To this end Wallach highlights the notion of an inflection point, which is a brief interval at the cusp of a new development, in this case technological, where a real opportunity exists for society to assess and affect that development, sometimes even unto halting it in its tracks if it is deemed too dangerous. The book gives a case study of Wallach’s attempt to seize such a moment that now exists for the creation and global dispersal of autonomous weapons. At the same time Wallach does not want society to squelch promising and even essential new technologies due to unwarranted fears.

The book concludes with various practical suggestions for how humanity might try to achieve wise governance of our mechanical creations so that they will remain our “good servants” rather than become our “dangerous masters.”
4 of 4 people found the following review helpful
HASH(0xa39b42a0) out of 5 stars An Illuminating Read June 27 2015
By Roger Merrifield - Published on Amazon.com
Format: Hardcover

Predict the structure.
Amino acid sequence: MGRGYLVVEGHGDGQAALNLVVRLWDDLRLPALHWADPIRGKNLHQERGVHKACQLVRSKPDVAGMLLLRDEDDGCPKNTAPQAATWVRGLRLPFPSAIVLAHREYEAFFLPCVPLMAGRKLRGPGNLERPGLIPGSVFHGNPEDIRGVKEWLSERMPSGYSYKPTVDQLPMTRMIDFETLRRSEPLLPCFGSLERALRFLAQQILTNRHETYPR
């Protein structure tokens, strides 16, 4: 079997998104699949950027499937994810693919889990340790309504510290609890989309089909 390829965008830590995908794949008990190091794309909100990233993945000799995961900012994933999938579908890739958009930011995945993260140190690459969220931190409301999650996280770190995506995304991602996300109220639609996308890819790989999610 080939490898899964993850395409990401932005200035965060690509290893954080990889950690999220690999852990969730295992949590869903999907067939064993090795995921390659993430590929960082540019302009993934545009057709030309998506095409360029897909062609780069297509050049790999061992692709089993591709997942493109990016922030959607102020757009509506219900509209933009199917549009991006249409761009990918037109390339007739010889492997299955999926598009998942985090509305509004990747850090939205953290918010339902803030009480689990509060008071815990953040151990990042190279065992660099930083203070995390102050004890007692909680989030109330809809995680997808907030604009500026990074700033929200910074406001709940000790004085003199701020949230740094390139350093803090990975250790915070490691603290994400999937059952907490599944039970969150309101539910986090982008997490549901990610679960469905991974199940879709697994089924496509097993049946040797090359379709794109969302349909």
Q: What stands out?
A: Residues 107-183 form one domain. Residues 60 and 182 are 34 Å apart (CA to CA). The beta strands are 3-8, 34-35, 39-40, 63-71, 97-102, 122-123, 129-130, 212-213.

Despite the many benefits realized from emerging technologies, one becomes increasingly fearful of its more sinister aspects. From the media's relentless (complicit?) coverage of ISIS - a movement that essentially owes its global awareness ascension to social media - to the international race to see who can best whom in the world of hacking one another's most private information, it is easy for those of us less technology-inclined to feel pawns in an increasingly dangerous technology-driven world. In his most recent book, A Dangerous Master, author and ethicist Wendell Wallach educates readers on the accelerating momentum of technology accompanied in far too many cases by the disturbing lack of discourse beforehand concerning possible negative repercussions associated with its adaptation. Modern society, it seems, places a higher value on the continuous and rapid introduction of new technologies at the expense of having to deal after the fact with any negative consequences. According to Wallach; "Unfortunately, being seen as active during an actual crisis carries more weight with the chattering classes than having staved off a crisis that never develops." Wallach discusses a broad range of leading-edge technologies and their inevitable impact on all of us with sensitivity and clarity. This techno-neophyte found A Dangerous Master illuminating, if not comforting.